11. Robin Kelly
Robin Kelly is an accomplished force to be reckoned with in Illinois state politics and ran for the role of State Treasurer. Robin was the first African American woman to serve as the head of staff of a constitutional officer.
12. Mary McLeod Bethune
In 1904, Mary McLeod Bethune did something that was almost unheard of in American society at that time. She began a school for young African American girls in Daytona, Florida. That school would eventually flourish and merge with a boys’ school to become Bethune-Cookman University. Mary McLeod Bethune is also remembered for her innovative work in Civil Rights, including acting as a presidential adviser to a number of our country’s leaders.
13. Rosa Parks
As the ‘Mother of Freedom’ and a figurehead of the Civil Rights Movement, Rosa Parks is almost unmatched in recognition and respect. One seemingly simple act of bravery in 1955 on a Montgomery bus eventually led Parks to the forefront of national attention, giving way to a number of improvements in the lives of ordinary African Americans. She died in 2005 at the extraordinary age of 92.
14. Sojourner Truth
A preacher, gender and racial equality activist born into slavery, Sojourner Truth spread the word of God and equality throughout her lifetime. She is best known for her 1851 speech titled, ‘Ain’t I A Woman?
15. Donna Edwards
Currently serving as Congresswoman for Maryland’s 4th district, Donna Edwards is the first black woman to represent Maryland in the House of Representatives. She defeated her Republican rival in 2008 with an amazing 85 per cent of the vote. She currently sits on the Transportation and Infrastructure Committee and the Science and Technology Committee.
16. Dame Eugenia Charles (Dominica)
Eugenia Charles was the Prime Minister of Dominica for 15 years until 1995. She was the first female head of state in the Americas and is currently the longest serving female prime minister recorded in world history.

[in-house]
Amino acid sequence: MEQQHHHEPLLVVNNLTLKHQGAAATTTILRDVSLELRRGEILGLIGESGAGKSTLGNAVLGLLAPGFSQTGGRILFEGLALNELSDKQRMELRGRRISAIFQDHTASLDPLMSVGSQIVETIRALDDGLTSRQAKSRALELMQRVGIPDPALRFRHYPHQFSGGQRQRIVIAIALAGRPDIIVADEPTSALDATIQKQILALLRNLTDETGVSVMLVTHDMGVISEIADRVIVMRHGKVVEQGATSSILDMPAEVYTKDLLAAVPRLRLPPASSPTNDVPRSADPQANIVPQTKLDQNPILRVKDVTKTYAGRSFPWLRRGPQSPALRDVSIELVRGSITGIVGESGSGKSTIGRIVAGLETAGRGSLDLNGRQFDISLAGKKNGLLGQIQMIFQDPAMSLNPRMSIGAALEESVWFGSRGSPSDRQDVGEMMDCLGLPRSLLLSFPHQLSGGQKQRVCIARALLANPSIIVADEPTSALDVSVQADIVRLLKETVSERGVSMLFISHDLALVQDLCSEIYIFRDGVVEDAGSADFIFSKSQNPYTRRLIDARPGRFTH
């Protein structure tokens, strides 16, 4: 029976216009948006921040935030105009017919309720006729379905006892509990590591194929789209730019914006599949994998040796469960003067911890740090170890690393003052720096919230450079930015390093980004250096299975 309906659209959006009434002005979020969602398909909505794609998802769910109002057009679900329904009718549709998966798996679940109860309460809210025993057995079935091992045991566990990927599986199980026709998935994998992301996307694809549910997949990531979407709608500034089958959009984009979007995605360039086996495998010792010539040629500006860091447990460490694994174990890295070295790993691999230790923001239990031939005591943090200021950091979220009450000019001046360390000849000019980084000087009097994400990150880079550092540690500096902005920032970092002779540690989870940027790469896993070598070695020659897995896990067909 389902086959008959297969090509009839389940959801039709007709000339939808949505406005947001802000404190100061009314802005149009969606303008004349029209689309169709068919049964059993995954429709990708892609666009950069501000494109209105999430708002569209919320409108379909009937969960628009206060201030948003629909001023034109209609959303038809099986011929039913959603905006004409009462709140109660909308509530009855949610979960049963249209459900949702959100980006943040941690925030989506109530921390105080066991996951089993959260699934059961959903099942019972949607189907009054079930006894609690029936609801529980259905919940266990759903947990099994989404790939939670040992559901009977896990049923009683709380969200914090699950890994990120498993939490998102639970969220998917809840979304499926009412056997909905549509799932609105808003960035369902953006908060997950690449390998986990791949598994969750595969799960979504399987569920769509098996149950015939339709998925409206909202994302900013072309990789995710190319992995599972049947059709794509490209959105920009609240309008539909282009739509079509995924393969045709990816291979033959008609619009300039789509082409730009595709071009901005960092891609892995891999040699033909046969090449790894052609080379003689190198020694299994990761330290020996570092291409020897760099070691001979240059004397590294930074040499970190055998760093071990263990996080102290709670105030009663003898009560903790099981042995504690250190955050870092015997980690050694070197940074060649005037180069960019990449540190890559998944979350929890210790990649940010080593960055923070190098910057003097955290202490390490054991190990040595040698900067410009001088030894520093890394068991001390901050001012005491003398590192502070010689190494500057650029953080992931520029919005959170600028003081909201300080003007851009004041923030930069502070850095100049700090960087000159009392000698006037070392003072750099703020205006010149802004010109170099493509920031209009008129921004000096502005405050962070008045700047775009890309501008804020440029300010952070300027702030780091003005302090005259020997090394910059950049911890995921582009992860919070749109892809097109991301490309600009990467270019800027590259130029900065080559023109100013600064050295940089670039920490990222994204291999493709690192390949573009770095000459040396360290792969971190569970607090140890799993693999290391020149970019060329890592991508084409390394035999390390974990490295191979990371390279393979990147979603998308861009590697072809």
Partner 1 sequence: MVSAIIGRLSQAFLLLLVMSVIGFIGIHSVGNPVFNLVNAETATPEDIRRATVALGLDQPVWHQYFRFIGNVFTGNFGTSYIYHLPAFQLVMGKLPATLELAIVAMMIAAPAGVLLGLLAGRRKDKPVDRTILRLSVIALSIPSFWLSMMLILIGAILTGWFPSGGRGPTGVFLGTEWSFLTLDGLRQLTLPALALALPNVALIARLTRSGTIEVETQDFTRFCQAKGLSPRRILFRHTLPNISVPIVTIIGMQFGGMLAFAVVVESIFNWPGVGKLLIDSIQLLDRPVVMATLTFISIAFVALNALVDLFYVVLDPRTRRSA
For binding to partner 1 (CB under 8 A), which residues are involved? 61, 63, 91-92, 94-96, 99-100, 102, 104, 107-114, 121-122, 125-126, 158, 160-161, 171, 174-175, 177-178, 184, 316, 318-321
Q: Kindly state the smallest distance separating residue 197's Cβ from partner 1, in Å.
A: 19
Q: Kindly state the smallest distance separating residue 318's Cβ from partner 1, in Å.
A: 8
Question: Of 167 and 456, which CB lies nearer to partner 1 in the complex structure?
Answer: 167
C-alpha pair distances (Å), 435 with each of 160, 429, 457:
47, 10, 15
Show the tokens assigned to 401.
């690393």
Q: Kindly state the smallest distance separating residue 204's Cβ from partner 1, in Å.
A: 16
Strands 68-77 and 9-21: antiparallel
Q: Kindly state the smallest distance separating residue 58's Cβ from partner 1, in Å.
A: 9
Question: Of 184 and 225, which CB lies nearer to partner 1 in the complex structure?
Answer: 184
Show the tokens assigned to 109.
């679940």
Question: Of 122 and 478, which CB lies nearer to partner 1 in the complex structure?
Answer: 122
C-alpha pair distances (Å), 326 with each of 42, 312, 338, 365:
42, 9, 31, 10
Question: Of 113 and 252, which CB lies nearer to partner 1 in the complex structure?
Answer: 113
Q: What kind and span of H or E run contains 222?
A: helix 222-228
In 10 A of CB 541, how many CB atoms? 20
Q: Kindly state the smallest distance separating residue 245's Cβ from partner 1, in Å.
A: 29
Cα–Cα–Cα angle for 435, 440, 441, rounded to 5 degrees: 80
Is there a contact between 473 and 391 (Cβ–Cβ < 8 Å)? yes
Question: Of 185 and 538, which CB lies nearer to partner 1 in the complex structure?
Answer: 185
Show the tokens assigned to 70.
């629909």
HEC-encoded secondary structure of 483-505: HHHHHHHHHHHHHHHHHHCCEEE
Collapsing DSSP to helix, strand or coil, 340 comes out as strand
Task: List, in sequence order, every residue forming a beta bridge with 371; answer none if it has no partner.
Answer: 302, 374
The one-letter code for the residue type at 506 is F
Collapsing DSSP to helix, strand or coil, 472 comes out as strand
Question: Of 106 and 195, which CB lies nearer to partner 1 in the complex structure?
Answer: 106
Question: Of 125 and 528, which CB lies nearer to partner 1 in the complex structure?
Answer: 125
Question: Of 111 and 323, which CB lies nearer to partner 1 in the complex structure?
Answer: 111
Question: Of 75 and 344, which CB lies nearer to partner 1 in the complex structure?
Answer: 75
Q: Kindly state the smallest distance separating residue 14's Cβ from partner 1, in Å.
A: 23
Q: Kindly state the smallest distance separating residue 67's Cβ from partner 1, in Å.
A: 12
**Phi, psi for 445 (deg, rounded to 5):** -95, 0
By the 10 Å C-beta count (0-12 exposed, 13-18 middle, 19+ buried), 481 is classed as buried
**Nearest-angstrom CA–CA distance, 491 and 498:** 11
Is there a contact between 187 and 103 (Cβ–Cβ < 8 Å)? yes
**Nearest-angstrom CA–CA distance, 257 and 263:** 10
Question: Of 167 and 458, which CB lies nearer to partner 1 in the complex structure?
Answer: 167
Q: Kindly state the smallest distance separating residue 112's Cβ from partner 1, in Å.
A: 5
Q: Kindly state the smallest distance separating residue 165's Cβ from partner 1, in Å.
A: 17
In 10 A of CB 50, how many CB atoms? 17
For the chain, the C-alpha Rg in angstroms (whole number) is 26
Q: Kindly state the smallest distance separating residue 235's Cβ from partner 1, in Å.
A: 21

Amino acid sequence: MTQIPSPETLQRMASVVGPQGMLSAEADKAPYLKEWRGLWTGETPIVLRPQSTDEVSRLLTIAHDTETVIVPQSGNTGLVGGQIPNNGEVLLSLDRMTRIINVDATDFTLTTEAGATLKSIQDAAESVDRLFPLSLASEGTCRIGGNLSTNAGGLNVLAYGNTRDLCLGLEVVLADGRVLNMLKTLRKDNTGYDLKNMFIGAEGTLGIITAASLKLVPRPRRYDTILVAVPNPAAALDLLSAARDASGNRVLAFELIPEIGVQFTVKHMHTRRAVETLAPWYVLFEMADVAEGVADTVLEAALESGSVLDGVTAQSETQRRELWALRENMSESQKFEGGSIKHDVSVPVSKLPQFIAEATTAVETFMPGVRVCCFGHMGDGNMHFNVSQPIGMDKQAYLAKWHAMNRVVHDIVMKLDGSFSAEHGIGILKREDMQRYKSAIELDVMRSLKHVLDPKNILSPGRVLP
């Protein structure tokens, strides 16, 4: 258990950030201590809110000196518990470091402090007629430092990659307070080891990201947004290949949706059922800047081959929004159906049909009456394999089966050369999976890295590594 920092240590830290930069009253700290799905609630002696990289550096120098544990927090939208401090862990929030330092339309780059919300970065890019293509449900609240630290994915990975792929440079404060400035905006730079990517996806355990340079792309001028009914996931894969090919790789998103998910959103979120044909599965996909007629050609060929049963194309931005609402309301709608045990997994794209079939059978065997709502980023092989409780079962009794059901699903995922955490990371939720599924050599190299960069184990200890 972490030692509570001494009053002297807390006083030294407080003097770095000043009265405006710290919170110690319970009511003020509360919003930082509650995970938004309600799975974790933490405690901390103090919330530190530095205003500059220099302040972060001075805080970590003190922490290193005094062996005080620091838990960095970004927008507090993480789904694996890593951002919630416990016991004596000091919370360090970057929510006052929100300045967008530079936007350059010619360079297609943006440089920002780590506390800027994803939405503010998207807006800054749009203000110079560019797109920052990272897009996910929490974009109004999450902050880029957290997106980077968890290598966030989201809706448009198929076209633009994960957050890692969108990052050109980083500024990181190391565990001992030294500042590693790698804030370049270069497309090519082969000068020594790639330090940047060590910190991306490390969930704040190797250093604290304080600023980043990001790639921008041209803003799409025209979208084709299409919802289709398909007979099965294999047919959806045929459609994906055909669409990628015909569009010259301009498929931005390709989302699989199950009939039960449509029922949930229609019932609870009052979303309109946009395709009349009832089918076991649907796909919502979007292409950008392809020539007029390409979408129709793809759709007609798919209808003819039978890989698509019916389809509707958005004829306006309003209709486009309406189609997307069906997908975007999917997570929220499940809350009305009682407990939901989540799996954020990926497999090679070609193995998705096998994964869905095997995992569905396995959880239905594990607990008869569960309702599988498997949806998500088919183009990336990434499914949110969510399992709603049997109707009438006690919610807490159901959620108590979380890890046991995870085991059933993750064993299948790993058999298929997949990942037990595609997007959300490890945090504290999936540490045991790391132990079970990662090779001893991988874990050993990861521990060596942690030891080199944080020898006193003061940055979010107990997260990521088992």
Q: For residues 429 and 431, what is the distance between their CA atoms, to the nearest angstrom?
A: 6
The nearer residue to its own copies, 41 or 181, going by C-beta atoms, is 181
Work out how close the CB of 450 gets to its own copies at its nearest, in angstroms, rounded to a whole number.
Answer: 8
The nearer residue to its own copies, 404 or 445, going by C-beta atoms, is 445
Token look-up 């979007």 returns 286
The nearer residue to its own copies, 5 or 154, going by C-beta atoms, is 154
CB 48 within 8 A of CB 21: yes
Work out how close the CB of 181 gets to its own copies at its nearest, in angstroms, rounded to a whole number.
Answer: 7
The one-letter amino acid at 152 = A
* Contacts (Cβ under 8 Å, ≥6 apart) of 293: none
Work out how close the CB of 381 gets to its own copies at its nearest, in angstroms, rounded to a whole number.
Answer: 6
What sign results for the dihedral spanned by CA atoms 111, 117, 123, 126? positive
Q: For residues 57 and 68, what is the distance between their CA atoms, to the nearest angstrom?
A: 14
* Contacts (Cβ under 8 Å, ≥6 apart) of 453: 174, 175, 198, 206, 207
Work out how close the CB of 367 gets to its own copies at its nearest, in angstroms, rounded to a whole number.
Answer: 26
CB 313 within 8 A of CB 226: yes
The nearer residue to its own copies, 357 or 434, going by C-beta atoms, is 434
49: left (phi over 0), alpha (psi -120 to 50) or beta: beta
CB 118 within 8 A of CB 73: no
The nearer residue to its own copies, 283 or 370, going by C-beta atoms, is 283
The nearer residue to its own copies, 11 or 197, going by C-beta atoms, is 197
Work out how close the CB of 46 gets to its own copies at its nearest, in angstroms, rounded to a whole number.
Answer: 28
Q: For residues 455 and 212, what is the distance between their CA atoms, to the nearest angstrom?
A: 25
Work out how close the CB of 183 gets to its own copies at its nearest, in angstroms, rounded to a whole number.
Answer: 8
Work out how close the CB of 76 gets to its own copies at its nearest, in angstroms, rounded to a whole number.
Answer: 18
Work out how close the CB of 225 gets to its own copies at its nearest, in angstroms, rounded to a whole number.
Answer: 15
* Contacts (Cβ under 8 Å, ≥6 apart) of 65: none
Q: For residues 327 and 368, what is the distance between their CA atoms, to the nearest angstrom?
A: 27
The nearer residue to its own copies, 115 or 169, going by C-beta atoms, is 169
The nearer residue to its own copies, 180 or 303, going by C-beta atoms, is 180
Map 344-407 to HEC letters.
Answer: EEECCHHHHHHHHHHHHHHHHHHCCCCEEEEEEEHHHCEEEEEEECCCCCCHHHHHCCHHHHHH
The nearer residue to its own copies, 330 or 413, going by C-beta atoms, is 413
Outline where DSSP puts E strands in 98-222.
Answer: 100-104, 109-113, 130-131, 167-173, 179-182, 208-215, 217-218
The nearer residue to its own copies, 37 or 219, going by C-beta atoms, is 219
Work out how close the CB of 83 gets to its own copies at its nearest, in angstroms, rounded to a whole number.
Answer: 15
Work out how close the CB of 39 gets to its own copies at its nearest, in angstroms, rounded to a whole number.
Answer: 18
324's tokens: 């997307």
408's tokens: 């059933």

17. Wilma Rudolph
Rudolph is a true survivor and American sporting hero. Despite having suffered from polio and a range of other life-threatening sicknesses, she became a triple Olympic gold medal winner in track and field.
18. Zora Neale Hurston
An acclaimed author and folklorist, Zora Neale Hurston contributed greatly to what was known in the world of literature as the Harlem Renaissance. She was also a pioneer for black involvement in the Republican party, a staunch conservative and Republican party favorite.
19. Ellen Johnson-Sirleaf (Liberia)
Her country, Liberia, was named in recognition of its intriguing connection to African slavery and, as its President, Ellen Johnson Sirleaf has made leaps and bounds in improving the role of women in aspects of Liberian society. She was elected in 2006 but had no family connection in politics to allow for an easy rise to power. Ellen Johnson Sirleaf is the first black woman to win a presidential election in Africa.
20. Coretta Scott King
Five years have passed since the death of the Civil Rights pioneer, Coretta Scott King, but her legacy lives on. After the death of her husband, the great Martin Luther King Jr., King became a prominent figure in the Civil Rights and Womens’ Rights Movement, advising the nation’s leadership and pursuing the causes of her late husband. In later years she actively opposed Apartheid in South Africa and became involved in the LGBT movement by urging Civil Rights activists to reject homophobia and the dehumanization of all minorities.
21. Asha-Rose Migiro (United Nations)
Migiro is currently the 3rd Deputy Secretary-General of the United Nations. Along with Anna Tibaijuka, she is one of the highest ranked black women in the UN. Migiro was born and educated in Tanzania.